Francisco Javier Perez Saez
Successful control of schistosomiasis, a water-borne parasitic disease, is challenged by the intricacy of the wormâs lifecycle, which depends on aquatic snail intermediate hosts, and involves environmental, ecologic, and socio-economic factors. Current strategies rely on deworming through mass drug administration which however do not protect against reinfection and the persistence of hotspots. It is recognized that multifaceted approaches will be necessary to reach elimination, whose development will require a renewed focus on the diseaseâs social-ecological drivers. Taking cue from the hydrological underpinning of these drivers, this Thesis aims at developing an ecohydrological approach to schistosomiasis with a view to identifying and exploiting the points in which its cycle can be broken.
Schistosomiasis is a poverty-reinforcing disease affecting more than 150 million people in sub-Saharan Africa, being the parasitic disease causing the largest health burden after malaria. However, the impairing morbidity it causes has been undervalued in the past, qualifying it as a neglected tropical disease. Moreover, water resources development often exacerbate transmission, posing scientific and ethical challenges in addressing the ensuing trade-off between economic development and public health. The relevance of this Thesisâ work lies in furthering tools to offset this trade-off by unlocking the predictive appraisal of the social-ecological drivers of transmission.
An integration of fieldwork applied in Burkina Faso (West Africa) and theoretical methods are employed to address this aim. This Thesis establishes the use of spatially explicit mathematical models of schistosomiasis at the national-scale, allowing to study the effect of human mobility and spatial heterogeneity of transmission parameters. Weekly ecological samplings of snail abundance and continuous environmental monitoring were preformed at three sites along the countryâs climatic gradient, leveraged through ecological modelling. A novel methodology for the large-scale prediction of river network ephemerality allowed for refined snail species distribution models, and the analysis of the diseaseâs geography in link with socio-economic covariates. Finally, surveys and participatory workshops shed light on local-scale water contact patterns.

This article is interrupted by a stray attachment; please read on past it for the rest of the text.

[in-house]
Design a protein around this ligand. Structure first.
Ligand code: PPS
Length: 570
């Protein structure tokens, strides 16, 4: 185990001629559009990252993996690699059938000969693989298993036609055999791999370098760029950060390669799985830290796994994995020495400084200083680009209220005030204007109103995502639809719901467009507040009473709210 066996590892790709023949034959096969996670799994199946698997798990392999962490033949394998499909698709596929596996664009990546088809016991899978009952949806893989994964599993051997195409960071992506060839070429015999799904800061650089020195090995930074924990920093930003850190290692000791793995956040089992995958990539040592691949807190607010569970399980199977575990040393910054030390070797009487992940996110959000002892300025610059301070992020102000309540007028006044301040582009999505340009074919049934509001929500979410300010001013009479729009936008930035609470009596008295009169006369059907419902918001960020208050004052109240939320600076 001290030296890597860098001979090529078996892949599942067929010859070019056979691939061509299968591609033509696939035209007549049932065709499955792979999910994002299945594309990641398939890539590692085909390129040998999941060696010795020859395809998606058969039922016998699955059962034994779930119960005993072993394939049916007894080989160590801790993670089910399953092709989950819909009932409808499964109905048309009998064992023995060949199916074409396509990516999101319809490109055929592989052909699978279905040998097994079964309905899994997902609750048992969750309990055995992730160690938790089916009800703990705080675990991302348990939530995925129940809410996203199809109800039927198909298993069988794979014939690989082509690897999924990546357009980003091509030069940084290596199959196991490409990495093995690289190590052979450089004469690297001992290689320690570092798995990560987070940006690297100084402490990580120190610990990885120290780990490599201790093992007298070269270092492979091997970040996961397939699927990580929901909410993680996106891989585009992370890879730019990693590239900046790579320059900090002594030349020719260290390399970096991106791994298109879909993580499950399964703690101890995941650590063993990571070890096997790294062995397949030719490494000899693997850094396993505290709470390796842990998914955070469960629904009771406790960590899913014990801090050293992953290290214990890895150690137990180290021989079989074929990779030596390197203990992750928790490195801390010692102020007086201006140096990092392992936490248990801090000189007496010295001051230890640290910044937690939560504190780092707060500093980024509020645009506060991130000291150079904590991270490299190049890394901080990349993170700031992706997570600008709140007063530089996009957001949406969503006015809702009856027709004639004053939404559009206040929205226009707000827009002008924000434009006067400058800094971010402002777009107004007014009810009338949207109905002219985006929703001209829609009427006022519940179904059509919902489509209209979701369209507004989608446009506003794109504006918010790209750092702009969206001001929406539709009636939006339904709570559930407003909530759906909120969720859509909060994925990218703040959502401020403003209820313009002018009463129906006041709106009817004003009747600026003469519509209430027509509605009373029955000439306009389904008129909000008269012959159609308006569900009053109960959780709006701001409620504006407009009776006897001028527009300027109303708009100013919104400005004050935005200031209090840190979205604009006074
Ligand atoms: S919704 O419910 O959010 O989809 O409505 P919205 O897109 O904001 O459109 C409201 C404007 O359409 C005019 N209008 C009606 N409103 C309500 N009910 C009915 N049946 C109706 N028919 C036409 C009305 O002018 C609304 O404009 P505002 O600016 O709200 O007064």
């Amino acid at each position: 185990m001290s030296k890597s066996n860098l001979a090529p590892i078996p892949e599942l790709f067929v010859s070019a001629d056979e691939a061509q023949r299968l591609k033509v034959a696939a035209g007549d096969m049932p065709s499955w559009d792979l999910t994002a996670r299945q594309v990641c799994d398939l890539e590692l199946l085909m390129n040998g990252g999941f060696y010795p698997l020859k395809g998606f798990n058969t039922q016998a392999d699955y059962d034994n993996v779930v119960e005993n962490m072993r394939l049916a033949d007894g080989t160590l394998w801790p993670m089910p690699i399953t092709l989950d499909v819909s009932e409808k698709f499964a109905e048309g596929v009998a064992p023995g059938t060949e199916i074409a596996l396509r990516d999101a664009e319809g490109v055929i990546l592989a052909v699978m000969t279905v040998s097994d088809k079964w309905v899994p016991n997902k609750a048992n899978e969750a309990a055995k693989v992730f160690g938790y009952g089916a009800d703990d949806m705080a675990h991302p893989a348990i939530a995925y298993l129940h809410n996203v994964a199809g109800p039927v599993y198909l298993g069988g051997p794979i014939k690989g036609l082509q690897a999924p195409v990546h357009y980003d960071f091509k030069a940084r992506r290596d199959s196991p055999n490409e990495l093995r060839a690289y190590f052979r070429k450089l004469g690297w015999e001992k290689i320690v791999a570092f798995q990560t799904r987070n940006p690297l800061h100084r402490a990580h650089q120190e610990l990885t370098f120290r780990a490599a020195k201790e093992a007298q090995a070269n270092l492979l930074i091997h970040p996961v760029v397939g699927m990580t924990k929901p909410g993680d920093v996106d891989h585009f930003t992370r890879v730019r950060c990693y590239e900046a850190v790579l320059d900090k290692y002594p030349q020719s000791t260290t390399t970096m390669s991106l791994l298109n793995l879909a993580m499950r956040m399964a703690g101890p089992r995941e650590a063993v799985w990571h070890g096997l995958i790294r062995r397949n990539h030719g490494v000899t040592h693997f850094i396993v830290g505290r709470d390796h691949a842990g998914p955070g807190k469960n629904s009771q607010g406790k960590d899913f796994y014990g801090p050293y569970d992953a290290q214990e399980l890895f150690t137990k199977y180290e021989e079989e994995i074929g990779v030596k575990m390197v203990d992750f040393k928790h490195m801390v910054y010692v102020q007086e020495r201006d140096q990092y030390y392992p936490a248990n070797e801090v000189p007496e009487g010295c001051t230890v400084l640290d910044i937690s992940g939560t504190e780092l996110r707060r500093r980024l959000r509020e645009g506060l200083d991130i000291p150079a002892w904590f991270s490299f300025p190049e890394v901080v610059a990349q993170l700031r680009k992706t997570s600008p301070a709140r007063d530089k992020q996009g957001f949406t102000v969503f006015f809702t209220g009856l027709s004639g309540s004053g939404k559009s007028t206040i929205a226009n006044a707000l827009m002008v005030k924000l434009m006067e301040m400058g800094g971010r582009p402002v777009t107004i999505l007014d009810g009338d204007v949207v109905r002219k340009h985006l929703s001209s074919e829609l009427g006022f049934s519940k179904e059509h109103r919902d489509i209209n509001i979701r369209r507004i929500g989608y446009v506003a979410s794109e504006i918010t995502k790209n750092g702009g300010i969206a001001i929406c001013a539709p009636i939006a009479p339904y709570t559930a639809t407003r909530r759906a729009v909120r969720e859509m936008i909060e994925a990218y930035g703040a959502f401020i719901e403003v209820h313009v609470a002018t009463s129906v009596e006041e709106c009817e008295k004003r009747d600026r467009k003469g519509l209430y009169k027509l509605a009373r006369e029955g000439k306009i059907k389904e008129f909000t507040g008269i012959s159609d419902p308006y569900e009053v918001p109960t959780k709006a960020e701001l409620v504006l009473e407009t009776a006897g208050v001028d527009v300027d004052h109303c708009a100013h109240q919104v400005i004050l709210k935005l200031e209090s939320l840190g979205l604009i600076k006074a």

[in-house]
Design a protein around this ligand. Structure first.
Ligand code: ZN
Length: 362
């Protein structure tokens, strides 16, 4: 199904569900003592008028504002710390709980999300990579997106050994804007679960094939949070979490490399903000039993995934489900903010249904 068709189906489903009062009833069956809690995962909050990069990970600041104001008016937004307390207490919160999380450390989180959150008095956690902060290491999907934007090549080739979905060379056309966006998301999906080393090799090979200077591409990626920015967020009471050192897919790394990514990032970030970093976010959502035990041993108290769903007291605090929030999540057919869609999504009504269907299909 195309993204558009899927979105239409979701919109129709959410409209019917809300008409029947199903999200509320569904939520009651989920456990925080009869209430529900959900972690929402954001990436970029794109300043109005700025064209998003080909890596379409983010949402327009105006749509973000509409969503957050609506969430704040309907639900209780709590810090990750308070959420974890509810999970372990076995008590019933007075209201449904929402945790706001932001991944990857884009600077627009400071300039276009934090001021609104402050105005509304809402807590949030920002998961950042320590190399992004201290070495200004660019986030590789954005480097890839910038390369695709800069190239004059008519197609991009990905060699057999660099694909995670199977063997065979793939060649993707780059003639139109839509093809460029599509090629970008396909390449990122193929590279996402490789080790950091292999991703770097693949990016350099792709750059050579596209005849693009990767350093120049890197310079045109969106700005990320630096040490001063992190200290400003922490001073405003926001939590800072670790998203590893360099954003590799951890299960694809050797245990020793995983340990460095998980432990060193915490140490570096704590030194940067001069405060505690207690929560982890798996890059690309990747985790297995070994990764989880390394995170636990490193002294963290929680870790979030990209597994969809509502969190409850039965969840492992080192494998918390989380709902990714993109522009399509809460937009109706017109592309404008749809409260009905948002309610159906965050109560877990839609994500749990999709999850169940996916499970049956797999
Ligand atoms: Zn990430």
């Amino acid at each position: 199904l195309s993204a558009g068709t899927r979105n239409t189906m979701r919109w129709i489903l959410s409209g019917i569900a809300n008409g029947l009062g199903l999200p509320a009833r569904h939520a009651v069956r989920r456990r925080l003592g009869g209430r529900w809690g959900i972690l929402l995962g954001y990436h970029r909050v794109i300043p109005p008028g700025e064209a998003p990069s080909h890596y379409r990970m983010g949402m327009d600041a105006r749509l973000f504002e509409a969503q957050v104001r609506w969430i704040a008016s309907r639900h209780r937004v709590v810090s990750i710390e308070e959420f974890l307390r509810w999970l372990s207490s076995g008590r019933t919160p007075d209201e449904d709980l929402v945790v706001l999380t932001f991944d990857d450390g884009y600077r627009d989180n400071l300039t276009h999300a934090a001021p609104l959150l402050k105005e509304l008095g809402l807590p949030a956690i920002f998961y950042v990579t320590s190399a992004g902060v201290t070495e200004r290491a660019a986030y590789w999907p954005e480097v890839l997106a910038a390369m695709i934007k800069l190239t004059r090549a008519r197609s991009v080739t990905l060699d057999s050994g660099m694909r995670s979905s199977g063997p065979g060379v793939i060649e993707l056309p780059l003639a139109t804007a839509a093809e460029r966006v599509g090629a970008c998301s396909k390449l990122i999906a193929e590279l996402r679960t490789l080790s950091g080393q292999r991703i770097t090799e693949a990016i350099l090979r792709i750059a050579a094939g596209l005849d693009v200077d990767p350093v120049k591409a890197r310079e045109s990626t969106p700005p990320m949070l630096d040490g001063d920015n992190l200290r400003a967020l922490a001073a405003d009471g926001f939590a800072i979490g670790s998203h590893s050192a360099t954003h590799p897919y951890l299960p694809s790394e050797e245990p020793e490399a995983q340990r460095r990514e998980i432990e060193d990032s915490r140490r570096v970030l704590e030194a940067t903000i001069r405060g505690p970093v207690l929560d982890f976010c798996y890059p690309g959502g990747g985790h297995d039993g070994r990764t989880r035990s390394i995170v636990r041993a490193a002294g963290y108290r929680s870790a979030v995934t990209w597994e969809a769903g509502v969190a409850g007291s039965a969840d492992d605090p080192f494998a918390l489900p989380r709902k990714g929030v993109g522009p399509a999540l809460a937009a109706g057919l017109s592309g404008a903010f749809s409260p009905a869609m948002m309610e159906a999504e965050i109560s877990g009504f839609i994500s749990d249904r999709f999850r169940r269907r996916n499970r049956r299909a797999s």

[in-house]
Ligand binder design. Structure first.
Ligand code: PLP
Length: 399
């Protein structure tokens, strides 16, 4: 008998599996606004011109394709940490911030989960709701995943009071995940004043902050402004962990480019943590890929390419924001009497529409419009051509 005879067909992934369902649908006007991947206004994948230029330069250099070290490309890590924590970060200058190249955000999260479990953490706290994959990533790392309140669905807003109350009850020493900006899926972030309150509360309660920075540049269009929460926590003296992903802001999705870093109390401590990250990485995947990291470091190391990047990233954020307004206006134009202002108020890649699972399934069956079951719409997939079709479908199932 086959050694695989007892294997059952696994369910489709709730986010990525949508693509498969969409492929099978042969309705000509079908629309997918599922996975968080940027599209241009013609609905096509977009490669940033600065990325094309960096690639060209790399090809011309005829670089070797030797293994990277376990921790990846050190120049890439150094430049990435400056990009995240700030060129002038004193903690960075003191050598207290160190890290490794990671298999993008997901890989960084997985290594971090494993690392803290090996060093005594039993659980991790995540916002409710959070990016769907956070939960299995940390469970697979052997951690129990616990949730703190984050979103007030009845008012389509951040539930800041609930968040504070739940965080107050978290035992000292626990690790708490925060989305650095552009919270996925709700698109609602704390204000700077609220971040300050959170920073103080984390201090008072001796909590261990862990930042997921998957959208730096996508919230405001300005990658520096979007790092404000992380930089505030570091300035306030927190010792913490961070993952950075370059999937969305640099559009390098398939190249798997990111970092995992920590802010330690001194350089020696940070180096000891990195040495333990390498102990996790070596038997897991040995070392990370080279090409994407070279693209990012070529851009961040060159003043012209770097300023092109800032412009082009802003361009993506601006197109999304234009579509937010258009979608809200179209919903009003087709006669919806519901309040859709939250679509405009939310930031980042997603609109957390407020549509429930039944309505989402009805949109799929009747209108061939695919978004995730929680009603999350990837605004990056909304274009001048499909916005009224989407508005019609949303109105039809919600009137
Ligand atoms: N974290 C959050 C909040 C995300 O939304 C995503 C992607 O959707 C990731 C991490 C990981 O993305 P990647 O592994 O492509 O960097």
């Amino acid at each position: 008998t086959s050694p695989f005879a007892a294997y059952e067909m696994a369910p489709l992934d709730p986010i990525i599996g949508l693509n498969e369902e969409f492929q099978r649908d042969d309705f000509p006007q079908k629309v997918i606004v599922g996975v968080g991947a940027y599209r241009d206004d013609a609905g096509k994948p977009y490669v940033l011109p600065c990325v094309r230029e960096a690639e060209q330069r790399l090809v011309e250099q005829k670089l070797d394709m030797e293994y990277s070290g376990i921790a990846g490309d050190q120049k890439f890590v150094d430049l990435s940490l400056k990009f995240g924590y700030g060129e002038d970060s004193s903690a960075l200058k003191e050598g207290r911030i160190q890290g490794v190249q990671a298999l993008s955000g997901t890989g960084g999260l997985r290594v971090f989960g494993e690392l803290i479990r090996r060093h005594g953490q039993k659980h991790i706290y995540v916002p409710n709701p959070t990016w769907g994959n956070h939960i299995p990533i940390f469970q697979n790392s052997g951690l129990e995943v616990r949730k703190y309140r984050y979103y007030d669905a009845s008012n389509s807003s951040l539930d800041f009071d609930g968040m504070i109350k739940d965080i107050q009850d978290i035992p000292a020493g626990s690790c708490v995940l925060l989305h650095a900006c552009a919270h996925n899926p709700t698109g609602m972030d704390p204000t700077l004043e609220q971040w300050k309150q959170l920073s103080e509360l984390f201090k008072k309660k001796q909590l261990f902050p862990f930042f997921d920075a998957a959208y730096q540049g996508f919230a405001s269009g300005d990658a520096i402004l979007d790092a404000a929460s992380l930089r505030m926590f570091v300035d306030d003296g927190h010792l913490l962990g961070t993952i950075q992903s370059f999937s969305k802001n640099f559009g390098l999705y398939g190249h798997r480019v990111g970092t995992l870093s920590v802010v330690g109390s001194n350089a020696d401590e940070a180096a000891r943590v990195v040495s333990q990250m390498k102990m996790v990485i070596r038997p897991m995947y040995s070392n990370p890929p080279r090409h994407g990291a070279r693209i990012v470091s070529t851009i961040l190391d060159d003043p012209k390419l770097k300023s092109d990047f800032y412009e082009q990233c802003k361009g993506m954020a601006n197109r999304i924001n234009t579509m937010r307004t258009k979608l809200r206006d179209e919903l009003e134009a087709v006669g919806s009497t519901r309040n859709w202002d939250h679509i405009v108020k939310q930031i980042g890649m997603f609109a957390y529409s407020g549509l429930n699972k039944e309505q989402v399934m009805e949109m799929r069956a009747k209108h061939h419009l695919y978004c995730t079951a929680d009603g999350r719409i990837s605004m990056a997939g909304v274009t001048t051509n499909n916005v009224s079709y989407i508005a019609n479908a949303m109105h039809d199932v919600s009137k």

The obtained results substantiate the stance that hydrology is a first-order control of disease transmission. Stability analysis of the spatially explicit model generated additional insight into the impact of the expansion of suitable snail habitat due to water resources development, highlighting the interplay between local and country-wide effects driven by human mobility. Models of snail ecology revealed key hydrological drivers, and disputed density feedbacks. Uncovered phase shifts between permanent and ephemeral habitats were adequately reproduced at the national scale through model regionalization. Characterization and predictions of hydrological ephemerality improved the estimation of the snailsâ ecological range, mirroring the diseaseâs geography. Finally a national-scale association between ephemerality and disease risk was observed, possibly due to human-water contacts aggregation, as supported by preliminary results at village-level. The future incorporation of these ecohydrological findings into spatially explicit models of schistosomiasis is considered promising for optimizing control strategies and attaining disease elimination.EPFL